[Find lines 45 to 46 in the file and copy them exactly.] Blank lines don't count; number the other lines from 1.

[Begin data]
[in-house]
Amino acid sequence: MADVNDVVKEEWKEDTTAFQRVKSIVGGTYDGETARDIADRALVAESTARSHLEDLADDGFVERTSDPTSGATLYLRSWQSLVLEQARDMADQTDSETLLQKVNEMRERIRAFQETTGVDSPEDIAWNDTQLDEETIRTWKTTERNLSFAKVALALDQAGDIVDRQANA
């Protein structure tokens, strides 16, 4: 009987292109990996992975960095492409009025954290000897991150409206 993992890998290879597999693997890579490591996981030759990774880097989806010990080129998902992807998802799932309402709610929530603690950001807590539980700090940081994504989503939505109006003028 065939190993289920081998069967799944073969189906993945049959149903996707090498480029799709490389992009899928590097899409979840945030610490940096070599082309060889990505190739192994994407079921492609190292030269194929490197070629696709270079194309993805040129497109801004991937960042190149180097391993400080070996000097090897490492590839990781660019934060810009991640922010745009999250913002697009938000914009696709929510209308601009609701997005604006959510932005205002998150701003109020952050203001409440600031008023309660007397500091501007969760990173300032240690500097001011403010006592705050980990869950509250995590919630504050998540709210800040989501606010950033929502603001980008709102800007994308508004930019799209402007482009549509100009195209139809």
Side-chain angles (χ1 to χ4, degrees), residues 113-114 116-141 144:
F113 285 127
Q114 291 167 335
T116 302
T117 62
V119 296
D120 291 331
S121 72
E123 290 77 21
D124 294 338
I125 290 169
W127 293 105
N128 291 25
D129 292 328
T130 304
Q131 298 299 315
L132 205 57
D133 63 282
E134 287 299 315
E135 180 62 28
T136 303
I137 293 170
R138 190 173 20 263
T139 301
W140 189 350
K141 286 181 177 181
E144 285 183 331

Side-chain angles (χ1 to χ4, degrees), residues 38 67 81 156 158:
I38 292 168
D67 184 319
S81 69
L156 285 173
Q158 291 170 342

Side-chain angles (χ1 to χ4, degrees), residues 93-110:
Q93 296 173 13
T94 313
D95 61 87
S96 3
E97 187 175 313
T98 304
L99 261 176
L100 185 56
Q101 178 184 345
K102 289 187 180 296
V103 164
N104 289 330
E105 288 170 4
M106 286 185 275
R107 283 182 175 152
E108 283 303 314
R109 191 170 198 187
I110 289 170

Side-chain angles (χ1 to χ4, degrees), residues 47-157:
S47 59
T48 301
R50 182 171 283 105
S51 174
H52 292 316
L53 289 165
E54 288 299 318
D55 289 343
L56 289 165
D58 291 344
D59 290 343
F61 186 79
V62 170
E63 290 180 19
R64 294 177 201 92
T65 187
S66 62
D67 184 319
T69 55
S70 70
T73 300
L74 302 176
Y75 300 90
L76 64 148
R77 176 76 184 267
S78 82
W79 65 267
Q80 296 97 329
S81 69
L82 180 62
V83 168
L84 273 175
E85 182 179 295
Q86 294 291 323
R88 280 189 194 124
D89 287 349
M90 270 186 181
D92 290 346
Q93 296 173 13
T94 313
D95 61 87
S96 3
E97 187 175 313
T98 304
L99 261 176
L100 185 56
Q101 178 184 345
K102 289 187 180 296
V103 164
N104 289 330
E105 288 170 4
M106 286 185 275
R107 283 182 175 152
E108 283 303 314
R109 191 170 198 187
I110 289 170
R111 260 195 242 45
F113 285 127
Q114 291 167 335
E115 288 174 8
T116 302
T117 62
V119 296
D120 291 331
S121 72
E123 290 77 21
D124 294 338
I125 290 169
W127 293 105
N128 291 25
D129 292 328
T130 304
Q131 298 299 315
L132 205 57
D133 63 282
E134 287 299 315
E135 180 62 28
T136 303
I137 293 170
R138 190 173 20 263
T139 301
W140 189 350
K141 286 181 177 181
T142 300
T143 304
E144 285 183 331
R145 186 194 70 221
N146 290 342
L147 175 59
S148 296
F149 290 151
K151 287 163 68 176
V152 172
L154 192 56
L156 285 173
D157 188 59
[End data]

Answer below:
L100 185 56
Q101 178 184 345